The French philosophers of the Enlightenment Era didn't play an active role in the events of the revolution, but their ideas inspired the revolutionary movement. The main philosophers were Voltaire, Rousseau, Diderot and Montesquieu.
Diderot was the editor of a ground-breaking Encyclopédie, which brought awareness to the inequality in France by describing some of the injustices of the ancien régime (the system of monarchy). Its promotion of individual rights influenced the revolutionaries.
Montesquieu proposed the idea of a system of checks and balances, whereby a monarch should not operate with absolute power, but limits (e.g. a constitution, parliamentary bodies). There should be a separation of powers, he believed, into 3 branches: legislative (they make the laws), executive (they enforce the law) and judicial (the court system). This inspired revolutionaries to demand this form of government in France, and to act in outrage against the absolute monarchy at the time.
Voltaire's main ideas revolved around individual liberties. He believed that people should have freedom of expression, religion, movement, the press, etc. He spoke out against the financial inequality and the government oppression in France. His ideas inspired revolutionaries to seek greater liberal rights and liberty.
Rousseau was the most radical of the philosophers. He believed in a rudimentary form of socialism. He believed that the ideal society would exist where there was no class distinction, no inequality, and everyone would work together towards ensuring the common good. He believed that the current monarchical system in France reduced people's liberties. He also believed that in a state of nature, a man untouched by civilization would act morally, this idea is sometimes confused with the idea of the "noble savage" a native who seemed to share the morality of the then current Europe. He believed that the French aristocracy was the embodiment of the corruption created by societal structure.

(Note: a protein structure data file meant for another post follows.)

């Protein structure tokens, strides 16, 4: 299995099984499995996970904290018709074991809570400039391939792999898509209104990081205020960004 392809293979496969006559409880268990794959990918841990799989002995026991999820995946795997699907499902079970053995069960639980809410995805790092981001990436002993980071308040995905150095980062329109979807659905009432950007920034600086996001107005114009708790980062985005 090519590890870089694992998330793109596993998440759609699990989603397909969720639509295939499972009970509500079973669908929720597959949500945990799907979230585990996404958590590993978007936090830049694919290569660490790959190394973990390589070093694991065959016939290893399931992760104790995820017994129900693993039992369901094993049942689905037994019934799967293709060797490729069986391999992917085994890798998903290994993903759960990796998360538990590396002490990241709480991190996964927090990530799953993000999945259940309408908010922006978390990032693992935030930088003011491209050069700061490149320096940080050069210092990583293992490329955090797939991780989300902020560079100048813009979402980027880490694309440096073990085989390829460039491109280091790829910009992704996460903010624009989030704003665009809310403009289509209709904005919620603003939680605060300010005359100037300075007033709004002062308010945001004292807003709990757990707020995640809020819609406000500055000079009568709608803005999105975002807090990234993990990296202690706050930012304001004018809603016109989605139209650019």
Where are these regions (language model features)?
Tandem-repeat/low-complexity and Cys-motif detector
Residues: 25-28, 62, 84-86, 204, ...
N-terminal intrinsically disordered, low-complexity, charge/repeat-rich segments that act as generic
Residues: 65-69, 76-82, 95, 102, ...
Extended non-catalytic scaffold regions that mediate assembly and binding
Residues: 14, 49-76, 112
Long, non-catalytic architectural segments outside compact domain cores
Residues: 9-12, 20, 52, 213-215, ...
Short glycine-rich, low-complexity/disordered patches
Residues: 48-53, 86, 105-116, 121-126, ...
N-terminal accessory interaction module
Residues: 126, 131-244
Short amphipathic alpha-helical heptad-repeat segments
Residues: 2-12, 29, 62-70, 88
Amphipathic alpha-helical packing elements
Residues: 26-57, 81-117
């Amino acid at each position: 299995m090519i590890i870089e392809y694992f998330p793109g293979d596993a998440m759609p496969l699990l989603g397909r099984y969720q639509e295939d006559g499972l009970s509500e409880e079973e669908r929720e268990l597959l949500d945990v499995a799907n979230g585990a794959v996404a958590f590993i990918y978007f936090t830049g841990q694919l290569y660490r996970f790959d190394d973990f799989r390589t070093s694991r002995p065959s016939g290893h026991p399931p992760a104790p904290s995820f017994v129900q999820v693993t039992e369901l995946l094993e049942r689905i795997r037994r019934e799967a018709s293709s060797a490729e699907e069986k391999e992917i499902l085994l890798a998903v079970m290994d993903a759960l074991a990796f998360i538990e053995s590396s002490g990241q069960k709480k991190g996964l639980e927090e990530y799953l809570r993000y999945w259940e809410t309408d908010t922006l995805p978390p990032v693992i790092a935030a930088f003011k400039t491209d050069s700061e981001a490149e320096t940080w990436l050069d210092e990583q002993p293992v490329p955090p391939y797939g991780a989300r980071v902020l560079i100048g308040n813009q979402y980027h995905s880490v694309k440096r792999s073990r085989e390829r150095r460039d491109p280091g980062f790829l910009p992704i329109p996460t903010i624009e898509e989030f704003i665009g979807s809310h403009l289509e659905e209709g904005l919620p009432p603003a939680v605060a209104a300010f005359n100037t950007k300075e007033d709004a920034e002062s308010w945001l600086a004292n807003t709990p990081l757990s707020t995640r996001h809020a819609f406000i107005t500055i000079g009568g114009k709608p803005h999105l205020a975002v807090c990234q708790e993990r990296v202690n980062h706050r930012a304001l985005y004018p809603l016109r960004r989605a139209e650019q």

Source: Century of Change: Europe from 1789 to 1918 by E. Alyn Mitchner and R. Joanne Tuffs
There are two schools of thought on this matter regarding the French Revolution.
The first is that they had No Role. This holds true if it is seen as a popular or grass roots revolt by the man on the street seeking bread and hope for an improved life for his family. (Call this the Bastille Revolt). The peasant could not read or write and had little knowledge of or interest in philosophy or enlightenment theory. He also had no time to indulge in such frivolity. His life was a drudgery. He worked a twelve hour day and could still not feed his family.
The alternative is that it was the Guiding Light and focus (Call this the Tennis Court Oath Revolt). The people representing the Third Estate at the meeting of the Estates General were not illiterate peasants, but learned men and politically savvy. They were bright and articulate public leaders and they were familiar with the works of Locke, Voltaire and Rousseau. These were Doctors, Lawyers, Merchants and Bankers with as little knowledge of the plight and problems that faced the peasant as did the King. They were well aware of world affairs and they were in a position to act. They seized the revolt as their cause.